A few years ago, I left midwifery to work on my blog and books. But actually, I left because of night shift.
When I was practising in New Zealand, I was also training for a half marathon, writing a novel, running my business and doing conversion exams. I was getting up at 5 to get a start on it all before a 7am shift and working in the evening too.
How could there be anything wrong? I was nuts for midwifery and life.
I thought I just had a regular aversion to nights.
But on runs of nights.... I’d fantasise about whether I could get my bike hit by a car on the way in.
And between you and me, it did get a bit more stupid than that. It's not something I can talk about and I was a hypervigilant, excellent midwife. But some of the coping strategies and thought patterns are not things I'd want my Mum to know about.
I'm not sure I could have explained any of this, I wasn't good at thinking about it at the time. I didn't think I could be very helpful to as a non-night shift midwife. I thought a lot about whether I was making it up because I just did fancy working at night.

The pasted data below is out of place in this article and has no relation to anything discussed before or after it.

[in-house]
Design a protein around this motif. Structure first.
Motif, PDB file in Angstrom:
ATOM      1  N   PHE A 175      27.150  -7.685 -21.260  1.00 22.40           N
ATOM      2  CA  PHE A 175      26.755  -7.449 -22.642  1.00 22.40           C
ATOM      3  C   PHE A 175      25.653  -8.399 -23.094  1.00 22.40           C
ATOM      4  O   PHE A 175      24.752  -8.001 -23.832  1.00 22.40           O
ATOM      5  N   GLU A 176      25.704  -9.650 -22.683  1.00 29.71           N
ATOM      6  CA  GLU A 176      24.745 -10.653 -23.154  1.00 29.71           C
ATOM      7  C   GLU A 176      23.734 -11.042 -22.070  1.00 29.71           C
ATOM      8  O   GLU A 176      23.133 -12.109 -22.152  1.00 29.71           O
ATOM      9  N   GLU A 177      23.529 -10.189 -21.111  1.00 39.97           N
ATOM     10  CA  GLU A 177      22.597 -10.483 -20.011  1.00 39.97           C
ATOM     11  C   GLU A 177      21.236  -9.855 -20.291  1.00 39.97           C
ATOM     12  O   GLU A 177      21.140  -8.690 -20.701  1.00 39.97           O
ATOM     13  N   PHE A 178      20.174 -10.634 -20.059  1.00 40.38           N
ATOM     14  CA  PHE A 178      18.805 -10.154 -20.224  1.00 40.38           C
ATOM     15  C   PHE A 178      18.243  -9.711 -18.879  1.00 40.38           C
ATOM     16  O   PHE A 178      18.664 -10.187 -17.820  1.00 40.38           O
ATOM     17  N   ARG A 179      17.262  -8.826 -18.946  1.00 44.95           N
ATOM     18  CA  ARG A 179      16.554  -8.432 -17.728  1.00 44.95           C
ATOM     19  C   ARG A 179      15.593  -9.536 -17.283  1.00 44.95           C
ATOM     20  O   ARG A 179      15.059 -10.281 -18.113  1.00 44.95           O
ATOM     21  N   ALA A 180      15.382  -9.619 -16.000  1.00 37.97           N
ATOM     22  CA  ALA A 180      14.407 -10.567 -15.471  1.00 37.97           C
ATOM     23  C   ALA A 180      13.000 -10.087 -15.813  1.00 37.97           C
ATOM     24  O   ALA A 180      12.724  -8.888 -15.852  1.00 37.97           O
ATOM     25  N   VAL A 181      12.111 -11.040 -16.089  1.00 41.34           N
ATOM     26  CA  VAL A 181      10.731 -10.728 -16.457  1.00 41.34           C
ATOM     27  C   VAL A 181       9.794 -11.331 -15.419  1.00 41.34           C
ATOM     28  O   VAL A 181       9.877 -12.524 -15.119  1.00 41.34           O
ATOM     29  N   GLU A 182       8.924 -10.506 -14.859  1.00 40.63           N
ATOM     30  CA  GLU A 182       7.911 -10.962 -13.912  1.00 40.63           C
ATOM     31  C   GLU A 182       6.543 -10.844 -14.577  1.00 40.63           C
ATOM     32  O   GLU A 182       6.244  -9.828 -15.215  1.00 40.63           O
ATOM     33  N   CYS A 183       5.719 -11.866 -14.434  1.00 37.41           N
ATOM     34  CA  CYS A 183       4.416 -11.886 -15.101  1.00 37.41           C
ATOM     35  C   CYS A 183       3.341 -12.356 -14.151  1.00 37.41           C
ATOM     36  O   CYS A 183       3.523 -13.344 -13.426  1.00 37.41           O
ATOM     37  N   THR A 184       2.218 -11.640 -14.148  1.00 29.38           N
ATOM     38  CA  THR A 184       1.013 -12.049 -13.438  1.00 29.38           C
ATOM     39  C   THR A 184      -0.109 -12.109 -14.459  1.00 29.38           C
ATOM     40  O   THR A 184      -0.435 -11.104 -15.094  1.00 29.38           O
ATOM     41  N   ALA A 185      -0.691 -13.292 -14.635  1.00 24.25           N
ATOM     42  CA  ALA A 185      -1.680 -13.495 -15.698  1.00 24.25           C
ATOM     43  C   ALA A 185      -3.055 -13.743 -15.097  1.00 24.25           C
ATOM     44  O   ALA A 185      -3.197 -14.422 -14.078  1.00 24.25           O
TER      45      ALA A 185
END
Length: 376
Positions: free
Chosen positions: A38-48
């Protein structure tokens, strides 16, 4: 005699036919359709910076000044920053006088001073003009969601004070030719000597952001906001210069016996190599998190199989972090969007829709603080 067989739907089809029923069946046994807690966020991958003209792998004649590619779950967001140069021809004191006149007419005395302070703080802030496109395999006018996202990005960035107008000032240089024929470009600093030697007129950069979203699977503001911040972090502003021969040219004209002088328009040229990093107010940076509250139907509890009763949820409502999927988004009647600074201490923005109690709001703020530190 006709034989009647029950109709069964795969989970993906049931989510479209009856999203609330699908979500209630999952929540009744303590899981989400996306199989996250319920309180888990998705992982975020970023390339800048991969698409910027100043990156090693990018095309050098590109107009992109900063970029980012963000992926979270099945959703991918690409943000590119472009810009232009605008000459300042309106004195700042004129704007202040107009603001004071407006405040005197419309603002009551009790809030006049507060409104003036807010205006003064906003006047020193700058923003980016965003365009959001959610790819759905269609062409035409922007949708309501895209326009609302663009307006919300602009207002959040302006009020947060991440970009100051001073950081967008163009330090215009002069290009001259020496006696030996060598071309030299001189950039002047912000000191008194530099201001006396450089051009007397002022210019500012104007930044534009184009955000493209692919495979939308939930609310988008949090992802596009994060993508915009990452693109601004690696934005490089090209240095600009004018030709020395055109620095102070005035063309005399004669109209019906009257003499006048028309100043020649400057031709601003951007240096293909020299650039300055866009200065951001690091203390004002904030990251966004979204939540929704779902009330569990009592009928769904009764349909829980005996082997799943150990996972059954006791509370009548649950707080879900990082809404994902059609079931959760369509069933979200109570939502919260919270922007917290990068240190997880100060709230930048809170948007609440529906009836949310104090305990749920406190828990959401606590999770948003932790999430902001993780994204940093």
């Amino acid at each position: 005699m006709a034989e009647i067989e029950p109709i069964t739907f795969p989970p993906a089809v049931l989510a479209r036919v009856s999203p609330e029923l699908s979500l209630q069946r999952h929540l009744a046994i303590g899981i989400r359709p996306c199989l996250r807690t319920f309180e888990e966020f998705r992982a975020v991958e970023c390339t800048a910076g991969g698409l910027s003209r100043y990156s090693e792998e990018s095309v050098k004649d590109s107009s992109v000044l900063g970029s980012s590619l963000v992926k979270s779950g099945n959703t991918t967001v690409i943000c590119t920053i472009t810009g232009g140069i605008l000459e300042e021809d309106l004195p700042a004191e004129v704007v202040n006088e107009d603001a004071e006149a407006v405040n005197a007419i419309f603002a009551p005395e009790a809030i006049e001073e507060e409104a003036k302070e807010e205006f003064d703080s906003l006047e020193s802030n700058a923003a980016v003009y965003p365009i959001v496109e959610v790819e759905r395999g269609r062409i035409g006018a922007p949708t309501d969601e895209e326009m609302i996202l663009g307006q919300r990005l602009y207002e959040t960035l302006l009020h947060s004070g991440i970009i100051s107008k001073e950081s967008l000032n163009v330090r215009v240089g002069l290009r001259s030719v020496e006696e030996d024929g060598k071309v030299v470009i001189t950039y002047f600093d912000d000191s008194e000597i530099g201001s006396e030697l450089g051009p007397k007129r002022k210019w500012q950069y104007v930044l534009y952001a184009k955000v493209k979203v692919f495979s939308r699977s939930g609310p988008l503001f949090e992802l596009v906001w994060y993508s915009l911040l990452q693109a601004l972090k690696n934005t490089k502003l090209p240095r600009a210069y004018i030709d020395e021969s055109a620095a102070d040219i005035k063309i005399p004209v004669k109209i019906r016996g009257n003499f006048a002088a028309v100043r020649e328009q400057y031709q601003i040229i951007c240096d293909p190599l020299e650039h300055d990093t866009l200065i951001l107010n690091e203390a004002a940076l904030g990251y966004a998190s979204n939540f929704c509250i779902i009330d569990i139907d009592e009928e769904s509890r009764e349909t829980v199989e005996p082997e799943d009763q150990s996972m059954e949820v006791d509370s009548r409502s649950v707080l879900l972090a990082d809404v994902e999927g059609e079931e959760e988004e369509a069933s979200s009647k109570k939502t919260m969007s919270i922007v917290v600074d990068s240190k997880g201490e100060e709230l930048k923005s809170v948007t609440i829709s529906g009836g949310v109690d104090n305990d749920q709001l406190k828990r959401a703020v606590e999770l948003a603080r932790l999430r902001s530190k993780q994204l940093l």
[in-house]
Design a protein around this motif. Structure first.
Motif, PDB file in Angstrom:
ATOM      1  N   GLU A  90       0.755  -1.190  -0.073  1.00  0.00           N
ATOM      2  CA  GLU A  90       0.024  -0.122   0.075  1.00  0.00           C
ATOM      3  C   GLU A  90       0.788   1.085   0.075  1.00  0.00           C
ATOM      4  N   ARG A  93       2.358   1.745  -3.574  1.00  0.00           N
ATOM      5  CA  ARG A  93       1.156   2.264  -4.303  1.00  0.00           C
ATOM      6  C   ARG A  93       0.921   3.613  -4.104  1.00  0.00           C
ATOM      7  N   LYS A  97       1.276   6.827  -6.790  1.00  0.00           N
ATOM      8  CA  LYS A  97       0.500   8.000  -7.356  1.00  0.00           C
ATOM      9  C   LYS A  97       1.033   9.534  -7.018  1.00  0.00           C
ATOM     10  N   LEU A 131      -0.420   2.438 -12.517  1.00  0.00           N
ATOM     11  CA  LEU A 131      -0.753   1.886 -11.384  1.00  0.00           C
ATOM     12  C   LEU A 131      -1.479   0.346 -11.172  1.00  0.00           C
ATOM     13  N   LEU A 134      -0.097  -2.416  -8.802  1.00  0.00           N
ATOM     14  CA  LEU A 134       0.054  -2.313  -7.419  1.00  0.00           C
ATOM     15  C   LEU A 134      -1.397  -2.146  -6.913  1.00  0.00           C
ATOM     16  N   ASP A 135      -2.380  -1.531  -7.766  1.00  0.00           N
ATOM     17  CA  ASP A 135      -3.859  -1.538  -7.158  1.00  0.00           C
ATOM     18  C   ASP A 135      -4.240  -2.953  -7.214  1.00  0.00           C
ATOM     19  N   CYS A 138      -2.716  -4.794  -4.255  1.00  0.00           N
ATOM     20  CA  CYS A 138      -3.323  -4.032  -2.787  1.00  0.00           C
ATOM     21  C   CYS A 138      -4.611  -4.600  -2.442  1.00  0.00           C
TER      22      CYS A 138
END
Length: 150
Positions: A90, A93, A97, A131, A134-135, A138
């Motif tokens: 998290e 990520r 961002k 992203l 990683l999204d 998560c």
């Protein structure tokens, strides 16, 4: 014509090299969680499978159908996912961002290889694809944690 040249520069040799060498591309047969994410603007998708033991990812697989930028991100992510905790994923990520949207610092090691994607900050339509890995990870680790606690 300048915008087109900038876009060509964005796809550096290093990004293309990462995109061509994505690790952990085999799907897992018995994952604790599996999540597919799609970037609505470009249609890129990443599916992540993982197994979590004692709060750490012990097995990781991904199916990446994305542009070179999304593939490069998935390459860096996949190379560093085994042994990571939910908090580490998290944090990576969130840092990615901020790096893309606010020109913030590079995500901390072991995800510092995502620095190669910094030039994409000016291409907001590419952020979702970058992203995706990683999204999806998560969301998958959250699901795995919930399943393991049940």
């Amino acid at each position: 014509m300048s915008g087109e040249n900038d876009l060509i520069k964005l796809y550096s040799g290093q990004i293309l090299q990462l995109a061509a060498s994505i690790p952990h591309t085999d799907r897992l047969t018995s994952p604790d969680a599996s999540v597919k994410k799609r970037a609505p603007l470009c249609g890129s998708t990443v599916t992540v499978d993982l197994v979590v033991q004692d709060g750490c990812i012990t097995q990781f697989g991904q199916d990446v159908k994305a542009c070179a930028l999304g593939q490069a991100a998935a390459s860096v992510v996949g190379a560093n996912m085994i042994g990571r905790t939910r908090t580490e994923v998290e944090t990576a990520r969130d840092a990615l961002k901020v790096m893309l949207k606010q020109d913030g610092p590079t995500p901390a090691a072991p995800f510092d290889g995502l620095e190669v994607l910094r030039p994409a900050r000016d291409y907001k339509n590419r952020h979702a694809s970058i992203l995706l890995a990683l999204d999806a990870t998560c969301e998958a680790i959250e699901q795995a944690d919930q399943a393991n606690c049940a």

So instead I gave in my notice, published two midwifery books, and founded a 24,000 strong midwifery community.
A bit of an overreaction.
What I needed was for someone to ask me how I was doing and to point out I was being a total lunatic idiot and drawing boundaries was okay.
Cut to three years later, I went to an ARM midwife at my local hospital and asked for her advice.
She booked me an appointment with the Head of Midwifery...and, one GP appointment and sleep researcher advice session later, turns out I was having PTSD symptoms and I'll be clinical again in 2020, sans nights.
There was a lot of ugly but happy crying.
I was this close to never coming back at all. (Thanks midwives who helped!)
What I learnt:
We were never meant to face midwifery alone.
So I've made resources for aspiring, student and qualified midwives which you can find more about here.